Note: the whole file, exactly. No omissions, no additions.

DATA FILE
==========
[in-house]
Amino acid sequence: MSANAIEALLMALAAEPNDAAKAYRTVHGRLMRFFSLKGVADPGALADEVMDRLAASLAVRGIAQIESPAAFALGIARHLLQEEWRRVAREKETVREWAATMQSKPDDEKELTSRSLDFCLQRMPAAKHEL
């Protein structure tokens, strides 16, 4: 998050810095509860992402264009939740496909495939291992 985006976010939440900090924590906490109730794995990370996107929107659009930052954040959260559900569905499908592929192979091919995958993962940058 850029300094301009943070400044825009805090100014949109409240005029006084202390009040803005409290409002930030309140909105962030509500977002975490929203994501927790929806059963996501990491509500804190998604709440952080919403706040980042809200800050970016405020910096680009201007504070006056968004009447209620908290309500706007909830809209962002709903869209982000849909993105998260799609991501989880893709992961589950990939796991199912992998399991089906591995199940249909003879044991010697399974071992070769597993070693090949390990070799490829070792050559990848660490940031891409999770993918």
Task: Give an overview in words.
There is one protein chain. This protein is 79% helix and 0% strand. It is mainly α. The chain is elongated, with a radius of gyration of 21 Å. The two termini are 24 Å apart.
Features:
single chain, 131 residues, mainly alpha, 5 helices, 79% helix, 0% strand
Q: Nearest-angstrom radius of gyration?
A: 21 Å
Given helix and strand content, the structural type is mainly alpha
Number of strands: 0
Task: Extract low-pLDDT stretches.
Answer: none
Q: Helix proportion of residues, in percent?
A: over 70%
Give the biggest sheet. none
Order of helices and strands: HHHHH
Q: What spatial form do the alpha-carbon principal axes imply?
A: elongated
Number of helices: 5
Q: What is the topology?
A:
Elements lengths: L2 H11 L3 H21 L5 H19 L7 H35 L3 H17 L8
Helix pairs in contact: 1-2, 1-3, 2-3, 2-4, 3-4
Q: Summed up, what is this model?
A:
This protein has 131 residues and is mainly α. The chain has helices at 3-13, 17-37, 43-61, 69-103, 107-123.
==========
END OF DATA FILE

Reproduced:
[in-house]
Amino acid sequence: MSANAIEALLMALAAEPNDAAKAYRTVHGRLMRFFSLKGVADPGALADEVMDRLAASLAVRGIAQIESPAAFALGIARHLLQEEWRRVAREKETVREWAATMQSKPDDEKELTSRSLDFCLQRMPAAKHEL
């Protein structure tokens, strides 16, 4: 998050810095509860992402264009939740496909495939291992 985006976010939440900090924590906490109730794995990370996107929107659009930052954040959260559900569905499908592929192979091919995958993962940058 850029300094301009943070400044825009805090100014949109409240005029006084202390009040803005409290409002930030309140909105962030509500977002975490929203994501927790929806059963996501990491509500804190998604709440952080919403706040980042809200800050970016405020910096680009201007504070006056968004009447209620908290309500706007909830809209962002709903869209982000849909993105998260799609991501989880893709992961589950990939796991199912992998399991089906591995199940249909003879044991010697399974071992070769597993070693090949390990070799490829070792050559990848660490940031891409999770993918």
Task: Give an overview in words.
There is one protein chain. This protein is 79% helix and 0% strand. It is mainly α. The chain is elongated, with a radius of gyration of 21 Å. The two termini are 24 Å apart.
Features:
single chain, 131 residues, mainly alpha, 5 helices, 79% helix, 0% strand
Q: Nearest-angstrom radius of gyration?
A: 21 Å
Given helix and strand content, the structural type is mainly alpha
Number of strands: 0
Task: Extract low-pLDDT stretches.
Answer: none
Q: Helix proportion of residues, in percent?
A: over 70%
Give the biggest sheet. none
Order of helices and strands: HHHHH
Q: What spatial form do the alpha-carbon principal axes imply?
A: elongated
Number of helices: 5
Q: What is the topology?
A:
Elements lengths: L2 H11 L3 H21 L5 H19 L7 H35 L3 H17 L8
Helix pairs in contact: 1-2, 1-3, 2-3, 2-4, 3-4
Q: Summed up, what is this model?
A:
This protein has 131 residues and is mainly α. The chain has helices at 3-13, 17-37, 43-61, 69-103, 107-123.